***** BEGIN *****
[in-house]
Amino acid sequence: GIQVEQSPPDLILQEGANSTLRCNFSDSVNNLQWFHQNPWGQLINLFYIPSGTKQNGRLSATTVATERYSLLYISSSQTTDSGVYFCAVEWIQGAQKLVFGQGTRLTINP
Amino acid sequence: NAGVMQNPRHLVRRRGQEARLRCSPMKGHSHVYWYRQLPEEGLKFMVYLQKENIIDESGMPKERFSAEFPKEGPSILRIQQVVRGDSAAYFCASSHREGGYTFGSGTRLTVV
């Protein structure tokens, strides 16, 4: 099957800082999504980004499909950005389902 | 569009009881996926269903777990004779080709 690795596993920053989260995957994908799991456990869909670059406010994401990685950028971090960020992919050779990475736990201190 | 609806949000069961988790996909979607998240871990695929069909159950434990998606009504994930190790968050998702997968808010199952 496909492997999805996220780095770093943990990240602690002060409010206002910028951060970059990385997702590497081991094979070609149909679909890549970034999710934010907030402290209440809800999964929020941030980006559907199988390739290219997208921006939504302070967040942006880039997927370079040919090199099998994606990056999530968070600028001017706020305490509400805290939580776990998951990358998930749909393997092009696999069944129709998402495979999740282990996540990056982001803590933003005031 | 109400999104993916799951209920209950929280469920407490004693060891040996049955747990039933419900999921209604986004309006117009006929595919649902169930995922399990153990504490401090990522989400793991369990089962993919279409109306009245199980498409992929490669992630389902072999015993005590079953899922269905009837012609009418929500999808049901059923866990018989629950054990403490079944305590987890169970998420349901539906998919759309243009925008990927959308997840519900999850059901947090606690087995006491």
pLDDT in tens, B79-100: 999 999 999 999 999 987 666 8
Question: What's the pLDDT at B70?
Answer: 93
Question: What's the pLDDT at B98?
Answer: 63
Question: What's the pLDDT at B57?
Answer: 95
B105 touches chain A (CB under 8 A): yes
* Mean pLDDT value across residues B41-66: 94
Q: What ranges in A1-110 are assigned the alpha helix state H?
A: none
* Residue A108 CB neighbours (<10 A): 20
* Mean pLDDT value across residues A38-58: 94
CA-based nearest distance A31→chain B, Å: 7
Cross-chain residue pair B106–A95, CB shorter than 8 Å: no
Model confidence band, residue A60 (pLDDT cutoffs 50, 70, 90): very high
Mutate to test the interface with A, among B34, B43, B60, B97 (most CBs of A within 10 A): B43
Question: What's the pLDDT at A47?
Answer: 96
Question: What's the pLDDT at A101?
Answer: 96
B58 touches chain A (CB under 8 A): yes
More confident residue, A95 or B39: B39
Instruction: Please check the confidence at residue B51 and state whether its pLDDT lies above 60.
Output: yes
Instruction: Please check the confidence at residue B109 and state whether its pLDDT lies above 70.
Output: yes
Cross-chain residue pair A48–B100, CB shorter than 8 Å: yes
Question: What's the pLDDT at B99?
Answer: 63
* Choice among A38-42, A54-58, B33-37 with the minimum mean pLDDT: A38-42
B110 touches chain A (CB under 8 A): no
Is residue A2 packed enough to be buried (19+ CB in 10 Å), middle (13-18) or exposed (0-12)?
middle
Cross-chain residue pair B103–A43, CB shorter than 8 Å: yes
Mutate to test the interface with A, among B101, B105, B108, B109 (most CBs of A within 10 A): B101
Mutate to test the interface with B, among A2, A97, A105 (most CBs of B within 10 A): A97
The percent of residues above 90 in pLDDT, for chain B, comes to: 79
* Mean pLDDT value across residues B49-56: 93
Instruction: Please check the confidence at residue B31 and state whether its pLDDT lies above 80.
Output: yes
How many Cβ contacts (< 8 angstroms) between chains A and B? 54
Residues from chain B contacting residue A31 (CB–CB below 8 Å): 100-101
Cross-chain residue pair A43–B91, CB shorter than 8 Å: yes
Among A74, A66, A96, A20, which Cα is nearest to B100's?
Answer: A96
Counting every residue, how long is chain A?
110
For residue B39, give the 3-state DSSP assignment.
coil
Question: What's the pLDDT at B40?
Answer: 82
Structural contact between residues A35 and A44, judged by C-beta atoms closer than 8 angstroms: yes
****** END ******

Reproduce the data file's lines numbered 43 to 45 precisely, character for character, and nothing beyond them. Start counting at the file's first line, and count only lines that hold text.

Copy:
* Mean pLDDT value across residues B49-56: 93
Instruction: Please check the confidence at residue B31 and state whether its pLDDT lies above 80.
Output: yes